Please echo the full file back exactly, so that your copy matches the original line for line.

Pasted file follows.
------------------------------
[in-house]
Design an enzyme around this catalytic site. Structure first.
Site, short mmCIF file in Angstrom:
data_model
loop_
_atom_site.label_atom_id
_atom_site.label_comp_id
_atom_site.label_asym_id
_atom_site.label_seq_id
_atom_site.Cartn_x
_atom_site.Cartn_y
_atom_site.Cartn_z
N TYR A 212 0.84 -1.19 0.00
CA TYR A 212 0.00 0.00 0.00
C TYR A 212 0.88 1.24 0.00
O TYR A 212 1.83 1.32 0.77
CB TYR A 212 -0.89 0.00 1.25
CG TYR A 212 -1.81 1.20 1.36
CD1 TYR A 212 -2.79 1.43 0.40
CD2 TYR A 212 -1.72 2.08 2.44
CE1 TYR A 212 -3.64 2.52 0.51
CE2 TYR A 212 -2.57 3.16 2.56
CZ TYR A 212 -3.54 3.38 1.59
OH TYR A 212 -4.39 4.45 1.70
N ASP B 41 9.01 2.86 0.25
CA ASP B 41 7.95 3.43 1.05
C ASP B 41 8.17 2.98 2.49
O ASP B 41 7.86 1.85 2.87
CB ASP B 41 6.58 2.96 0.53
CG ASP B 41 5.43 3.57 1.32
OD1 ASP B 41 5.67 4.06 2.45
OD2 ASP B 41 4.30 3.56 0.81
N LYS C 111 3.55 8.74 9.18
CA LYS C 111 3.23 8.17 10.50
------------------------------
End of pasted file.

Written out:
[in-house]
Design an enzyme around this catalytic site. Structure first.
Site, short mmCIF file in Angstrom:
data_model
loop_
_atom_site.label_atom_id
_atom_site.label_comp_id
_atom_site.label_asym_id
_atom_site.label_seq_id
_atom_site.Cartn_x
_atom_site.Cartn_y
_atom_site.Cartn_z
N TYR A 212 0.84 -1.19 0.00
CA TYR A 212 0.00 0.00 0.00
C TYR A 212 0.88 1.24 0.00
O TYR A 212 1.83 1.32 0.77
CB TYR A 212 -0.89 0.00 1.25
CG TYR A 212 -1.81 1.20 1.36
CD1 TYR A 212 -2.79 1.43 0.40
CD2 TYR A 212 -1.72 2.08 2.44
CE1 TYR A 212 -3.64 2.52 0.51
CE2 TYR A 212 -2.57 3.16 2.56
CZ TYR A 212 -3.54 3.38 1.59
OH TYR A 212 -4.39 4.45 1.70
N ASP B 41 9.01 2.86 0.25
CA ASP B 41 7.95 3.43 1.05
C ASP B 41 8.17 2.98 2.49
O ASP B 41 7.86 1.85 2.87
CB ASP B 41 6.58 2.96 0.53
CG ASP B 41 5.43 3.57 1.32
OD1 ASP B 41 5.67 4.06 2.45
OD2 ASP B 41 4.30 3.56 0.81
N LYS C 111 3.55 8.74 9.18
CA LYS C 111 3.23 8.17 10.50